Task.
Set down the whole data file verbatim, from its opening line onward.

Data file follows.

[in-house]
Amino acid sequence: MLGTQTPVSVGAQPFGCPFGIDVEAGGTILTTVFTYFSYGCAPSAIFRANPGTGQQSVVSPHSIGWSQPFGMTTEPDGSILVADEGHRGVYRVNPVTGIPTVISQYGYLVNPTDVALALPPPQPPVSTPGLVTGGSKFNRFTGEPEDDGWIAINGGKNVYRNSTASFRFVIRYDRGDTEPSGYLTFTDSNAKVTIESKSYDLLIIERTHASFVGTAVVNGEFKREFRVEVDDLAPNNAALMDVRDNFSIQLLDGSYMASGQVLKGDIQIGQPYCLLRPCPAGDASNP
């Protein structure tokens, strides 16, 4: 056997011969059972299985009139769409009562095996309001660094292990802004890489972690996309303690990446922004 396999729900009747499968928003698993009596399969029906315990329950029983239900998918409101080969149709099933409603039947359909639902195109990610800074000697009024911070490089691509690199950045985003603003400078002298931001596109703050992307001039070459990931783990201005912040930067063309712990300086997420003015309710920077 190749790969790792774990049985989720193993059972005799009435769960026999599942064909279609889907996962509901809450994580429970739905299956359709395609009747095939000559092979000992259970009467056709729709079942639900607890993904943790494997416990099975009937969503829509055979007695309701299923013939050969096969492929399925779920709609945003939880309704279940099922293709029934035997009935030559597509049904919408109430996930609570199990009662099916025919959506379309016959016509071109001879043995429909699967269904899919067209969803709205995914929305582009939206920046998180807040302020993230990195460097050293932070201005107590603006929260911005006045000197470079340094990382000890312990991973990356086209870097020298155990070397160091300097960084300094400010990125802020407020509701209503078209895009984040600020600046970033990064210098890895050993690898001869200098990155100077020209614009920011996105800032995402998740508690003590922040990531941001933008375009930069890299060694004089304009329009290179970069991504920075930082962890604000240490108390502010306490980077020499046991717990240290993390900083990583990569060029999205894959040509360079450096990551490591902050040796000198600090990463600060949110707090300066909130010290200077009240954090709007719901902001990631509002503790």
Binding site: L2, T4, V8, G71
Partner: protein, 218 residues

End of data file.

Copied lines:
[in-house]
Amino acid sequence: MLGTQTPVSVGAQPFGCPFGIDVEAGGTILTTVFTYFSYGCAPSAIFRANPGTGQQSVVSPHSIGWSQPFGMTTEPDGSILVADEGHRGVYRVNPVTGIPTVISQYGYLVNPTDVALALPPPQPPVSTPGLVTGGSKFNRFTGEPEDDGWIAINGGKNVYRNSTASFRFVIRYDRGDTEPSGYLTFTDSNAKVTIESKSYDLLIIERTHASFVGTAVVNGEFKREFRVEVDDLAPNNAALMDVRDNFSIQLLDGSYMASGQVLKGDIQIGQPYCLLRPCPAGDASNP
């Protein structure tokens, strides 16, 4: 056997011969059972299985009139769409009562095996309001660094292990802004890489972690996309303690990446922004 396999729900009747499968928003698993009596399969029906315990329950029983239900998918409101080969149709099933409603039947359909639902195109990610800074000697009024911070490089691509690199950045985003603003400078002298931001596109703050992307001039070459990931783990201005912040930067063309712990300086997420003015309710920077 190749790969790792774990049985989720193993059972005799009435769960026999599942064909279609889907996962509901809450994580429970739905299956359709395609009747095939000559092979000992259970009467056709729709079942639900607890993904943790494997416990099975009937969503829509055979007695309701299923013939050969096969492929399925779920709609945003939880309704279940099922293709029934035997009935030559597509049904919408109430996930609570199990009662099916025919959506379309016959016509071109001879043995429909699967269904899919067209969803709205995914929305582009939206920046998180807040302020993230990195460097050293932070201005107590603006929260911005006045000197470079340094990382000890312990991973990356086209870097020298155990070397160091300097960084300094400010990125802020407020509701209503078209895009984040600020600046970033990064210098890895050993690898001869200098990155100077020209614009920011996105800032995402998740508690003590922040990531941001933008375009930069890299060694004089304009329009290179970069991504920075930082962890604000240490108390502010306490980077020499046991717990240290993390900083990583990569060029999205894959040509360079450096990551490591902050040796000198600090990463600060949110707090300066909130010290200077009240954090709007719901902001990631509002503790």
Binding site: L2, T4, V8, G71
Partner: protein, 218 residues